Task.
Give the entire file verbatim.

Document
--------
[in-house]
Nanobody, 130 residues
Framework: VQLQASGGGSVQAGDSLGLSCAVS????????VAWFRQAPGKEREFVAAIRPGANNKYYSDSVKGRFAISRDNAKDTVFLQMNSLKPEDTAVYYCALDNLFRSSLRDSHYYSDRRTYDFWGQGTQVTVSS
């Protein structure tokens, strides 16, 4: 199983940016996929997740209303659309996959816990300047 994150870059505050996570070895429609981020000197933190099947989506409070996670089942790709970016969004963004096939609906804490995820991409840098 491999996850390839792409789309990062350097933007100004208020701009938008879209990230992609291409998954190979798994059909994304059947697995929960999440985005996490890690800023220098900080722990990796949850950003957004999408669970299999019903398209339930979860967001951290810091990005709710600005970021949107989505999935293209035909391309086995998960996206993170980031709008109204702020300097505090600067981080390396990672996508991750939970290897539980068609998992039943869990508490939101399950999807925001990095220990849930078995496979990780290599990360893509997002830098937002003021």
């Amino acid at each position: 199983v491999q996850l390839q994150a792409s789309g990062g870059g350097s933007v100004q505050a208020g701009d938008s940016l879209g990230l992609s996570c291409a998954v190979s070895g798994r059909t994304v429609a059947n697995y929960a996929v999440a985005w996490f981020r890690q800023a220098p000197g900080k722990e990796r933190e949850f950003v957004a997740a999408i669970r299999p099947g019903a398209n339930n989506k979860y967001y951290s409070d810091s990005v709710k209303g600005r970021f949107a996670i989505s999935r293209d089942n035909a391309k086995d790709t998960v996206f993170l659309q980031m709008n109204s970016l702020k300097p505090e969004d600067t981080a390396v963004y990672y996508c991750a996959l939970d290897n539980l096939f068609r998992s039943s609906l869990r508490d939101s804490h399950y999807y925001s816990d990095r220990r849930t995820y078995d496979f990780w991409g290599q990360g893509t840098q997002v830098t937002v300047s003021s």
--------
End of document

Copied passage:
[in-house]
Nanobody, 130 residues
Framework: VQLQASGGGSVQAGDSLGLSCAVS????????VAWFRQAPGKEREFVAAIRPGANNKYYSDSVKGRFAISRDNAKDTVFLQMNSLKPEDTAVYYCALDNLFRSSLRDSHYYSDRRTYDFWGQGTQVTVSS
């Protein structure tokens, strides 16, 4: 199983940016996929997740209303659309996959816990300047 994150870059505050996570070895429609981020000197933190099947989506409070996670089942790709970016969004963004096939609906804490995820991409840098 491999996850390839792409789309990062350097933007100004208020701009938008879209990230992609291409998954190979798994059909994304059947697995929960999440985005996490890690800023220098900080722990990796949850950003957004999408669970299999019903398209339930979860967001951290810091990005709710600005970021949107989505999935293209035909391309086995998960996206993170980031709008109204702020300097505090600067981080390396990672996508991750939970290897539980068609998992039943869990508490939101399950999807925001990095220990849930078995496979990780290599990360893509997002830098937002003021």
């Amino acid at each position: 199983v491999q996850l390839q994150a792409s789309g990062g870059g350097s933007v100004q505050a208020g701009d938008s940016l879209g990230l992609s996570c291409a998954v190979s070895g798994r059909t994304v429609a059947n697995y929960a996929v999440a985005w996490f981020r890690q800023a220098p000197g900080k722990e990796r933190e949850f950003v957004a997740a999408i669970r299999p099947g019903a398209n339930n989506k979860y967001y951290s409070d810091s990005v709710k209303g600005r970021f949107a996670i989505s999935r293209d089942n035909a391309k086995d790709t998960v996206f993170l659309q980031m709008n109204s970016l702020k300097p505090e969004d600067t981080a390396v963004y990672y996508c991750a996959l939970d290897n539980l096939f068609r998992s039943s609906l869990r508490d939101s804490h399950y999807y925001s816990d990095r220990r849930t995820y078995d496979f990780w991409g290599q990360g893509t840098q997002v830098t937002v300047s003021s």